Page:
Live it, love it
Looking beyond the funky pockets of distress in the market today, one thing that seems to be humming along is housing.
Both Yardi and CBRE issued reports last week on the multifamily housing sector and found that rents are on the rise, with a 0.25 percent rise (according to Yardi) in March, which is double the month-over-month increases from January to February.
Moreover, vacancy is slowing down. “We’re beginning to stabilize, or rather the fundamentals are stabilizing, but we’re not all the way there,” CBRE’s Matt Vance said. “We’re not stable, vacancy is still rising, demand was essentially flat in first quarter 2023, but it is trending in the right direction. But we believe these fundamentals are heading in the right direction.”
Speaking of housing, there is money for it — especially if your project is in South Florida. Catalfumo Companies secured a $340 million construction loan from Madison Realty Capital to build some very fancy Ritz-Carlton-branded condos in Palm Beach Gardens. The money is there because housing is selling. (In addition to the crazy sales and loans, a week doesn’t go by without Major Food Group announcing a new lease or partnership — and last week was no different.)
Speaking of love…
One of the more surprising romances in real estate of late is between construction and proptech.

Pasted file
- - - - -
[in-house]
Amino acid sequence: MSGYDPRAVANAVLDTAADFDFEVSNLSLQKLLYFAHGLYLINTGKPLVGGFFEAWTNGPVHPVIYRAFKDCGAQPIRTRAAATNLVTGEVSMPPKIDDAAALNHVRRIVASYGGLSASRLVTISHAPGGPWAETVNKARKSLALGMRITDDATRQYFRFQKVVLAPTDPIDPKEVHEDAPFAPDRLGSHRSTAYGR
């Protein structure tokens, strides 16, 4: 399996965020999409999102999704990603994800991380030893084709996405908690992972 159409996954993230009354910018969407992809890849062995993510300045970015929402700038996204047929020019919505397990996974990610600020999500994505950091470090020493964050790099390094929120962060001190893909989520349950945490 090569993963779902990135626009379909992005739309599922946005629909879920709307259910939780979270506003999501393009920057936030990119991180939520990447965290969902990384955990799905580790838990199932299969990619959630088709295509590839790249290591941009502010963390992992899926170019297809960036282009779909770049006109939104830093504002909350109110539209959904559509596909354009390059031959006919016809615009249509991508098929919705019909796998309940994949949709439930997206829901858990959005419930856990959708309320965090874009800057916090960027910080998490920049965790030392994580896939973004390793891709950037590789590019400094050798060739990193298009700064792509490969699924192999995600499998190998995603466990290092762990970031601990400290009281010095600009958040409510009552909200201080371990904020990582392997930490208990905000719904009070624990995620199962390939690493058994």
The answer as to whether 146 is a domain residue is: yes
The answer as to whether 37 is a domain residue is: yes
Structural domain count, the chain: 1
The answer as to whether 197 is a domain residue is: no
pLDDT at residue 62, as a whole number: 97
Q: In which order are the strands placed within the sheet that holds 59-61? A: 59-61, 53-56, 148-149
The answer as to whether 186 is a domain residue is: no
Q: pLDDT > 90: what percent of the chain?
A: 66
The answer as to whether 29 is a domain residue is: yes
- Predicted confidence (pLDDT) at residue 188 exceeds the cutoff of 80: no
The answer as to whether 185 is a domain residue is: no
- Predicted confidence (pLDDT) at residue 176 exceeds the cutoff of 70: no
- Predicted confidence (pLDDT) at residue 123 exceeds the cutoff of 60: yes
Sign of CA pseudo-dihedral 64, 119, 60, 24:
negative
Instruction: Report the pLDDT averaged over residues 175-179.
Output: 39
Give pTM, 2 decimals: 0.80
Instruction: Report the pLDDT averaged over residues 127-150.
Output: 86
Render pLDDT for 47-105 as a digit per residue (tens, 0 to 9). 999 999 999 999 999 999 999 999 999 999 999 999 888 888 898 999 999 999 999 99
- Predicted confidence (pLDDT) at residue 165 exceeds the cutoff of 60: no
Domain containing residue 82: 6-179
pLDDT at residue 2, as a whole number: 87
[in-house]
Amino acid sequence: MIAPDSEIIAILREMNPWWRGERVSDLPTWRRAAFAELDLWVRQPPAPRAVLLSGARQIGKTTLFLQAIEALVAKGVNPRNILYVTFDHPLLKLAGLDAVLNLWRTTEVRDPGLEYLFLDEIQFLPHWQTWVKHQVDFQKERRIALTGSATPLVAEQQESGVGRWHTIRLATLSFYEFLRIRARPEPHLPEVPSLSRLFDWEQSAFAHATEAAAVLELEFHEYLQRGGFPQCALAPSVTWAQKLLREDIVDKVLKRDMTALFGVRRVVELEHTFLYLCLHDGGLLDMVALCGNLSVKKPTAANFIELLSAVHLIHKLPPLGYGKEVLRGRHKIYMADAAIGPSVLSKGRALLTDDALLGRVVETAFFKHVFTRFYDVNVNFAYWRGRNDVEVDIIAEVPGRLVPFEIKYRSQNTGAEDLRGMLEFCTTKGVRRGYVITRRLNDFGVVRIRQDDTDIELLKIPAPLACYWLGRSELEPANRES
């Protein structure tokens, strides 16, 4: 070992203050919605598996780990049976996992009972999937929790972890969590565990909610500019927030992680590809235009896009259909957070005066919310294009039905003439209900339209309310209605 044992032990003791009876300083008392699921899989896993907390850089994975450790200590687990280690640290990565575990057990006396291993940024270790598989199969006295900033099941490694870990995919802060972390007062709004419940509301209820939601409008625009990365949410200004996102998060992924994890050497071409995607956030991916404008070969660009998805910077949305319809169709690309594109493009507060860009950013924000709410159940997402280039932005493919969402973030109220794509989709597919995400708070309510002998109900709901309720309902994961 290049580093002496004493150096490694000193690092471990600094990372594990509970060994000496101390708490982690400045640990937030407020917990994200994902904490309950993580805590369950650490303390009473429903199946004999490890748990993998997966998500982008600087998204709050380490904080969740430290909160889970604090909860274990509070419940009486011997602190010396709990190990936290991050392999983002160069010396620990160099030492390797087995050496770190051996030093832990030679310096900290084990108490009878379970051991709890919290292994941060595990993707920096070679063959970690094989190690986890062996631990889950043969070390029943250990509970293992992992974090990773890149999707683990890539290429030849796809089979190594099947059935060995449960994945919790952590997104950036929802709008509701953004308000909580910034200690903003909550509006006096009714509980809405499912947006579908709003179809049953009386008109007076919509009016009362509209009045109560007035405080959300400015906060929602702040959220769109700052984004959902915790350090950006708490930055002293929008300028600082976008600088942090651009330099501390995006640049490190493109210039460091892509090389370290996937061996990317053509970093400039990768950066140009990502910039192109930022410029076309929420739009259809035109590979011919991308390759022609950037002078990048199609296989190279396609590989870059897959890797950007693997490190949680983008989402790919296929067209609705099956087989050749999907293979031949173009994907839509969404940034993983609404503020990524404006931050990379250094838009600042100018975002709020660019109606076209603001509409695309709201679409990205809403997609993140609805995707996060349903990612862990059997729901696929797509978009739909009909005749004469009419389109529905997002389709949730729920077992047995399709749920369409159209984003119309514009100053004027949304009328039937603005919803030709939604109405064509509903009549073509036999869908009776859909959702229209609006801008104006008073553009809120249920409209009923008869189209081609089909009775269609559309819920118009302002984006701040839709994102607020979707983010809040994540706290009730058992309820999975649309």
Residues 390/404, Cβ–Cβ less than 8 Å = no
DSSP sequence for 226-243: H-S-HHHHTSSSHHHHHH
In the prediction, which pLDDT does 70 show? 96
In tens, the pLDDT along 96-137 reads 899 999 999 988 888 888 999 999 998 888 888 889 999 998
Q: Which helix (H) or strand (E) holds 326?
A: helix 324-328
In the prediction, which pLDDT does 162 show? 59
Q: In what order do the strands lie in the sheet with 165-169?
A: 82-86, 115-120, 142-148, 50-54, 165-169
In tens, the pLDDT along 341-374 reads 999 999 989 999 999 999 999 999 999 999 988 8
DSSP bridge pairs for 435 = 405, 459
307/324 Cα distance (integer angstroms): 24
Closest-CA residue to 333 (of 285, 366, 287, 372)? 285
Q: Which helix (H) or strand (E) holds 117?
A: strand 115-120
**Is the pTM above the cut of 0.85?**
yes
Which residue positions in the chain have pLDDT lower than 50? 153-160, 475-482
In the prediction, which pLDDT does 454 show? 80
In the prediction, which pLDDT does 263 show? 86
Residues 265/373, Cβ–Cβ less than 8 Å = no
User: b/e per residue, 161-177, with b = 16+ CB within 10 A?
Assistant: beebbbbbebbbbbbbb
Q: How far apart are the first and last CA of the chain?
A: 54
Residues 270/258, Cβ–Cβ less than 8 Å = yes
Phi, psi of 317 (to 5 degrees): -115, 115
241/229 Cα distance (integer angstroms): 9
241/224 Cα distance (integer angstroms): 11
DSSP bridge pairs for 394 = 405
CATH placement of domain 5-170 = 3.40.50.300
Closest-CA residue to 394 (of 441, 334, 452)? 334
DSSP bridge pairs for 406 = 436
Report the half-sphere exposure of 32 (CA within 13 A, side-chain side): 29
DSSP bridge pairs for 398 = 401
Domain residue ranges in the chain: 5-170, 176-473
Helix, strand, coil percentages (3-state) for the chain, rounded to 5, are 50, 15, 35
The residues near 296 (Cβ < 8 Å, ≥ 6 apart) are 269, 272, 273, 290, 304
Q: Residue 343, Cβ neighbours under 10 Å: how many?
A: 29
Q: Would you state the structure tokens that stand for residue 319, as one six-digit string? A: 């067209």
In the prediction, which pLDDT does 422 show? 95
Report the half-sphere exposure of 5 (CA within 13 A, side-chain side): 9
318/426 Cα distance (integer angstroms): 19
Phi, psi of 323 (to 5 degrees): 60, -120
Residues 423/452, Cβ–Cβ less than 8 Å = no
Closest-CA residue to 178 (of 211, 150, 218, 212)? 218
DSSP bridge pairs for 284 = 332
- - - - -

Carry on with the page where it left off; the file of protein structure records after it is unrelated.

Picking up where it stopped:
This wasn’t always the case. Technology was reactively something that a lot of contractors steered clear of as a dreaded replacement for human work. But it was also something that was difficult to utilize on a construction site where Wi-Fi was unavailable.
“When [construction management software firm] Procore went public, they credited the spread of Wi-Fi on construction sites to their growth in the 2010s,” said Raja Ghawi, a partner at the venture capital firm Era Ventures. (Procore’s market cap today is above $7 billion.)
What do ya say, MacKay?
We heard some interesting news from Cushman & Wakefield (CWK) last week — President and Chief Operating Officer Michelle MacKay has been elevated to the top spot with the retirement of CEO John Forrester, who is stepping down in June
MacKay has had an interesting career; before assuming the COO role in 2020 she had spots at iStar, UBS, JPMorgan Chase and HIMCO.
“I’m looking forward to leading this great firm through its next chapter of strategic growth,” MacKay told CO. “Cushman & Wakefield’s unique entrepreneurial culture and employee expertise position us to not only successfully navigate the current challenges in commercial real estate services, but to also deliver long-term value, profitability and growth.”
Andrew McDonald will be stepping into MacKay’s previous role as global president and COO.
Rest in peace
Finally, we must end the week on a sad note.
Two of the industry’s longtime power players died. Steven Fisher of Fisher Brothers, passed away at age 63 of complications from a recent medical procedure and John C. Cushman III (whose grandfather co-founded Cushman & Wakefield) died at 82. Rest in peace.
We’ll see you next week.